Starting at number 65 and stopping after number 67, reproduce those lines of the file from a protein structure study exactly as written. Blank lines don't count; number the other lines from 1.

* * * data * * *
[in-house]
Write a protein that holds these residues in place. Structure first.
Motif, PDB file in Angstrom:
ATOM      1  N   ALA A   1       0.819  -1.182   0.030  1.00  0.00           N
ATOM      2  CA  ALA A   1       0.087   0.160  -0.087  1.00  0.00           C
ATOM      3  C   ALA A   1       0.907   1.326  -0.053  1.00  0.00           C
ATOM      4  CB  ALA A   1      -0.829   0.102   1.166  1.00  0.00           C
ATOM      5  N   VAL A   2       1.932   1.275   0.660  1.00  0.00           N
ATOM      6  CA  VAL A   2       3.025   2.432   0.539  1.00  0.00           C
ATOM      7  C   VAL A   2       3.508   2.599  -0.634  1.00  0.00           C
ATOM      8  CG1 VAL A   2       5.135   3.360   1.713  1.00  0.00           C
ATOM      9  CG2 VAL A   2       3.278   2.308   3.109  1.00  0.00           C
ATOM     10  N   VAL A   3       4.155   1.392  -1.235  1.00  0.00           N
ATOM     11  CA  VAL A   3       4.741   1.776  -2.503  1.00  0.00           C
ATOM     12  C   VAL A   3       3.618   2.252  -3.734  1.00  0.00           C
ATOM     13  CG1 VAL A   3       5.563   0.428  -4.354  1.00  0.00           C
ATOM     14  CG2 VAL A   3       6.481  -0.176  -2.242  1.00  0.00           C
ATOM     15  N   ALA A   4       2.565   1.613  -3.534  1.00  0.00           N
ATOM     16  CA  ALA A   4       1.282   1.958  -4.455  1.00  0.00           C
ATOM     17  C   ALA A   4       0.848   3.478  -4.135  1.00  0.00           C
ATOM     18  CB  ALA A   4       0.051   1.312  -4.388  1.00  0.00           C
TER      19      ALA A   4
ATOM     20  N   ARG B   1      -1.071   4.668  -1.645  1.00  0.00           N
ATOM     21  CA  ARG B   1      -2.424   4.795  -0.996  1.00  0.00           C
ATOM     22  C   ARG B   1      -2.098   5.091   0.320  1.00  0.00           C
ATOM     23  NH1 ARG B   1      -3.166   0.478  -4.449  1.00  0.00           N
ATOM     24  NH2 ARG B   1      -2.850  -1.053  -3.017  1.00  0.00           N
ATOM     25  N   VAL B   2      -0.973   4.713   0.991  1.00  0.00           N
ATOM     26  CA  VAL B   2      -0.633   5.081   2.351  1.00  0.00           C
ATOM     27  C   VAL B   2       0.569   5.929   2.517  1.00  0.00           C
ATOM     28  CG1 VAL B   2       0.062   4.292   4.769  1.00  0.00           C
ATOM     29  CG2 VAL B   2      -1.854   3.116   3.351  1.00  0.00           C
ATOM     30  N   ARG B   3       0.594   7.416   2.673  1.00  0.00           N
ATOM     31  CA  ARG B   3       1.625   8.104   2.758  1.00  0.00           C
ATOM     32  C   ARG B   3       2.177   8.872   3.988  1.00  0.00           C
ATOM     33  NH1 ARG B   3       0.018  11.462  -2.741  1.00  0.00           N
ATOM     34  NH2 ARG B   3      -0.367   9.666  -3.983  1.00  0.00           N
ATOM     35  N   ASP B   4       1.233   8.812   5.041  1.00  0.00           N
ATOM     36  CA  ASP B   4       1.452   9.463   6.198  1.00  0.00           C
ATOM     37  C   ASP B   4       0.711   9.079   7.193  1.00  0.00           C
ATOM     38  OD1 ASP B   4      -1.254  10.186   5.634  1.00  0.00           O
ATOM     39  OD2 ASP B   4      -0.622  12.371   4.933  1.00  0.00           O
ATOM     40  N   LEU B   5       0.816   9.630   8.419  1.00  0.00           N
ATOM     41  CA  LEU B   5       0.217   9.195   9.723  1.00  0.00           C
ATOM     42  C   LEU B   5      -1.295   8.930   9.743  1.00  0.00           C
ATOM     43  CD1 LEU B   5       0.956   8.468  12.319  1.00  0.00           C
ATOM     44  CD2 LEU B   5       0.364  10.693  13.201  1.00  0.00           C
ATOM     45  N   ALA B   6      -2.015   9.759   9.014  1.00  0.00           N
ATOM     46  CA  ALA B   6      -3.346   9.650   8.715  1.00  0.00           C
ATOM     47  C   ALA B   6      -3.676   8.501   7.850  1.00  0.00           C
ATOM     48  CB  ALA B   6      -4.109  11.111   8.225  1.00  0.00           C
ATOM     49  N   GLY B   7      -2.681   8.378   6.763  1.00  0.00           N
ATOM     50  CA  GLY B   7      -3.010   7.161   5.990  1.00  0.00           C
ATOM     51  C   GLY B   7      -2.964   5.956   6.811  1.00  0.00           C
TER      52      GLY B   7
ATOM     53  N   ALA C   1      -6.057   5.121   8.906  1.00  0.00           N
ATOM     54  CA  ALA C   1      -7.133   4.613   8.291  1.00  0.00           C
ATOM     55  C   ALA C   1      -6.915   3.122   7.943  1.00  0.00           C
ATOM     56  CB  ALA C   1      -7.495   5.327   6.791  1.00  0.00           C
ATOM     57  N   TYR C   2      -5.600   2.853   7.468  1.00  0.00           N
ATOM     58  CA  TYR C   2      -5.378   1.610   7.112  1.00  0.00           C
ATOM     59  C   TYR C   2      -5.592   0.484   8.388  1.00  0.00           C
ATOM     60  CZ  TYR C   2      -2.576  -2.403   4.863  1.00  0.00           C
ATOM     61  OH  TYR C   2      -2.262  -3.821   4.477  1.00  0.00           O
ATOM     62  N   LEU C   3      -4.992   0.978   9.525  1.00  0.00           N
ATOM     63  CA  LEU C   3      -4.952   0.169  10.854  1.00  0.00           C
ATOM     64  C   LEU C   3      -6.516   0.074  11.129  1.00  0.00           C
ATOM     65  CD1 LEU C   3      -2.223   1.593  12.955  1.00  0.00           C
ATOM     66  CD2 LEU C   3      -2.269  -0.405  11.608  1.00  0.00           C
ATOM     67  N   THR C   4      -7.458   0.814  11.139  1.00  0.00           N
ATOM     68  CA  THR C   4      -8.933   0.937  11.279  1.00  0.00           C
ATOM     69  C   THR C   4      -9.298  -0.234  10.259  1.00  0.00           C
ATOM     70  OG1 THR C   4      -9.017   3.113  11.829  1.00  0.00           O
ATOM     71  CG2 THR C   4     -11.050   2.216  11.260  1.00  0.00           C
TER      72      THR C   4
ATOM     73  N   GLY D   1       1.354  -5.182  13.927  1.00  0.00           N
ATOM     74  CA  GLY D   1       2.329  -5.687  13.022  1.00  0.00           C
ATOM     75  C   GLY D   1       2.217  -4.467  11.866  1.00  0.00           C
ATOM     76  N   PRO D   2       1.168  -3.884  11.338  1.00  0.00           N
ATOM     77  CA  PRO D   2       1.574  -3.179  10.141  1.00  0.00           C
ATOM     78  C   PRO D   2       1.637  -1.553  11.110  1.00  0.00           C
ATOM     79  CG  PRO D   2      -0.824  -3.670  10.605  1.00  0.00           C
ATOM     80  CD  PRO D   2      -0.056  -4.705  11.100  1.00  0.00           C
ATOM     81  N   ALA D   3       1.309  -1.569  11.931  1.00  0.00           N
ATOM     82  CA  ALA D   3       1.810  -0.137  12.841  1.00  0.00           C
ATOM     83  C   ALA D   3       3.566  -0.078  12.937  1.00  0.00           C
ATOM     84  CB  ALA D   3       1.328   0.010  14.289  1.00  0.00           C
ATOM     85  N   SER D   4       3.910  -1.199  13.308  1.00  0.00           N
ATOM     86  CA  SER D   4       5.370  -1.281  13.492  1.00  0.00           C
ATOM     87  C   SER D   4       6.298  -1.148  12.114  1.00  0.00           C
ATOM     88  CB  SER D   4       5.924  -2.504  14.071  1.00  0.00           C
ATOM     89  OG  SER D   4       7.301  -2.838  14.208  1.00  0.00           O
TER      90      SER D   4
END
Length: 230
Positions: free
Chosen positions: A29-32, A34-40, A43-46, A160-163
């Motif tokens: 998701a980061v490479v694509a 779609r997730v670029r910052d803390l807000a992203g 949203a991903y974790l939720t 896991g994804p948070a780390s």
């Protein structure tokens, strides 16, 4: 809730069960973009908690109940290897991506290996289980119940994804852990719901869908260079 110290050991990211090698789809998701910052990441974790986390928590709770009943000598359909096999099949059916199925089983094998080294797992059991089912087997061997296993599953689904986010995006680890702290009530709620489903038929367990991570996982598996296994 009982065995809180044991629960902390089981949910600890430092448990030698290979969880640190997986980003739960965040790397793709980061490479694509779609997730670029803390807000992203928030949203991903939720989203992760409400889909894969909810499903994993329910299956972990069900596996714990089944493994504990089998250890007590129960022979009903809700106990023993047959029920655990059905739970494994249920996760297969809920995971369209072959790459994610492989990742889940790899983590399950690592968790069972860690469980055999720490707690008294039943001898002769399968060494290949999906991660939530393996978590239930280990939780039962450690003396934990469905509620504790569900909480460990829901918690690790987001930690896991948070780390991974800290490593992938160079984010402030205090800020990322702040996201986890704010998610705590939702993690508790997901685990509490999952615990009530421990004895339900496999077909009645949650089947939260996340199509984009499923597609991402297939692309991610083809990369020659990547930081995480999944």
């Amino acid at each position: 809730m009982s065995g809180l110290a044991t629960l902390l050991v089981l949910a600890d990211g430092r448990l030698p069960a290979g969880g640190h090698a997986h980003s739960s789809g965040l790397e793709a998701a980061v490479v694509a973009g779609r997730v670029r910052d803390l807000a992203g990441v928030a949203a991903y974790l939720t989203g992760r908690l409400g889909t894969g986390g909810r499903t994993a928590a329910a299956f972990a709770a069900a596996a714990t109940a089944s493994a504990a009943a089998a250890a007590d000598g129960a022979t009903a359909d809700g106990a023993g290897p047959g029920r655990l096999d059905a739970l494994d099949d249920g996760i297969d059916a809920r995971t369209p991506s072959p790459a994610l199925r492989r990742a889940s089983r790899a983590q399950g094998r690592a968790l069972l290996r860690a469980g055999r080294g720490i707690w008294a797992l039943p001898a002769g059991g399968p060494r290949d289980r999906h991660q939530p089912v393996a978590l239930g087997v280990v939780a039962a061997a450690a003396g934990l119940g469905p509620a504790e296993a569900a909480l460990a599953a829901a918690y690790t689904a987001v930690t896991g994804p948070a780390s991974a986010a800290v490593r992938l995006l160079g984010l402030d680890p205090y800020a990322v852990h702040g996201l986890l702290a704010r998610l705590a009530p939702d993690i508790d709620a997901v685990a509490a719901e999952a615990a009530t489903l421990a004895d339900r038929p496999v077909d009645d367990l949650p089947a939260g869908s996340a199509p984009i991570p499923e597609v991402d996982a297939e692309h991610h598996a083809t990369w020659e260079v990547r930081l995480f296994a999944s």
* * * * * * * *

ATOM     62  N   LEU C   3      -4.992   0.978   9.525  1.00  0.00           N
ATOM     63  CA  LEU C   3      -4.952   0.169  10.854  1.00  0.00           C
ATOM     64  C   LEU C   3      -6.516   0.074  11.129  1.00  0.00           C